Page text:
My lathe journeys. #23: .... DIY carbide lathe tools ... I shoulda done this sooner :-)

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Blog entry by JoeinGa posted 03-19-2015 11:46 PM 3282 reads 7 times favorited 19 comments Add to Favorites Watch
« Part 22: ... Tupelo gum w/ natural edge. This stuff was nice to turn. Part 23 of My lathe journeys. series Part 24: ... Crime scene pix, not for the squemish! »

After reading a LOT of threads here about folks making their own carbide turning tools, I thought I’d give it a go. So last week I ordered some square cutters from Capt Eddie and dug thru my metal pile and found a few pieces of 5/8” square 2024 aluminum sticks left over from some long ago project.

While waiting for the cutters to come in I started doing the rough shaping on my 12” disc sander, using 120 grit paper.


According to an Internet search I did, the 2024 aluminum is about the strongest of the most common choices in bar-stock. So making sure to not overheat it as I grounded the shape, I kept the water bath nearby, and used it often.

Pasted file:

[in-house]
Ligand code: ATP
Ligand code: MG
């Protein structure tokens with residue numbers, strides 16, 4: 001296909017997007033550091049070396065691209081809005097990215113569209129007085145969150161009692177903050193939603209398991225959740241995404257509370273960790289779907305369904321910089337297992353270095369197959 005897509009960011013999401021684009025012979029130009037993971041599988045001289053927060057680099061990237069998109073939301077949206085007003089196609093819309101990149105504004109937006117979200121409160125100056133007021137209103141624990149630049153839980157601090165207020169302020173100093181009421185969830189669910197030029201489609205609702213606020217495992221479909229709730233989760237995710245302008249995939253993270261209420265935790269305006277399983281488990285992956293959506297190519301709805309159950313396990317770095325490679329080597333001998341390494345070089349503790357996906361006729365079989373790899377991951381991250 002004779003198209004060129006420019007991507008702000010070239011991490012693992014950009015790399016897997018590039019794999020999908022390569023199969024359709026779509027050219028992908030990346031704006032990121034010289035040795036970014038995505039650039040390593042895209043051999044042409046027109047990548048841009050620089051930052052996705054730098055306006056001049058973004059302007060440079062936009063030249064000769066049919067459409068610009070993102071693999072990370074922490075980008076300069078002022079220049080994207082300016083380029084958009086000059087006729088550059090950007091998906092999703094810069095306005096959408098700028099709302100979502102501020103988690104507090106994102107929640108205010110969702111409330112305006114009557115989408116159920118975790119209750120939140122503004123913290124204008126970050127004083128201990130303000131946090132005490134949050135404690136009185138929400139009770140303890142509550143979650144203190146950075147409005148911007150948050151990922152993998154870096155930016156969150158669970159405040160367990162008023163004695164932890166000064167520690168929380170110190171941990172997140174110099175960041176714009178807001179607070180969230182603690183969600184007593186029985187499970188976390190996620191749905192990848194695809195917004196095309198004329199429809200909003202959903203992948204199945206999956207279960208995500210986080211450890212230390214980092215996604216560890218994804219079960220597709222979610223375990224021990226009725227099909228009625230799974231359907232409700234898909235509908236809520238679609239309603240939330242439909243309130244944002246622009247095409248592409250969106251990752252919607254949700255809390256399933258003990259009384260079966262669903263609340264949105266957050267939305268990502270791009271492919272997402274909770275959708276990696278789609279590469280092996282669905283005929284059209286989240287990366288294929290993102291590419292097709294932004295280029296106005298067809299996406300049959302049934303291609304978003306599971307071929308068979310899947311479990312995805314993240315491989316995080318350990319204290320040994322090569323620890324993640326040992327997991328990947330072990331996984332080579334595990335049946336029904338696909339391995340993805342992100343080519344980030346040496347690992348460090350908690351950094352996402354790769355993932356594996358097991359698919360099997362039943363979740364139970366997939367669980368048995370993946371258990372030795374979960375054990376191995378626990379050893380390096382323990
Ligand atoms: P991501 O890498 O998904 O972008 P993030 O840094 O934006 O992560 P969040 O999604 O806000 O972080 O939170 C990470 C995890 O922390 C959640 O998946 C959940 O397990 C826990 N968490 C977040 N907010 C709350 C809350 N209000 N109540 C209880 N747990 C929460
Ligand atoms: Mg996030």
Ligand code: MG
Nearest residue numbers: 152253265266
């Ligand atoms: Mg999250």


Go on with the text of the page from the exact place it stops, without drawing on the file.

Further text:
After getting the basic shape and size pretty close, I wet-sanded it by hand with 320 grit paper. Then the next step was on to my polishing wheel with some jeweler’s rouge.


After a bit of finish polishing by hand (Using some excellent metal polish I have left over from the motorcycle) this stuff polishes out like chrome.

Once the cutters arrived I used hand files to cut the seat, then tapped the 10/24 threaded hole.

Here’s the basic progression from rough stock to polished tool.

Rather than make a wood handle I decided to use some athletic wrap that I found at Wally World. This is the same stuff I used to put grips on the smooth handles of my Jorgy clamps. I wrapped 4 layers of the tape on and it’s quite comfortable to hold.


For my first “trial run” I mounted a 3” chunk of pecan on a faceplate and gave it a whirl. This thing cuts like a razor! If I did this same thing with my cheap steel tools, the wood “steps” would be full of tearout and shreddings!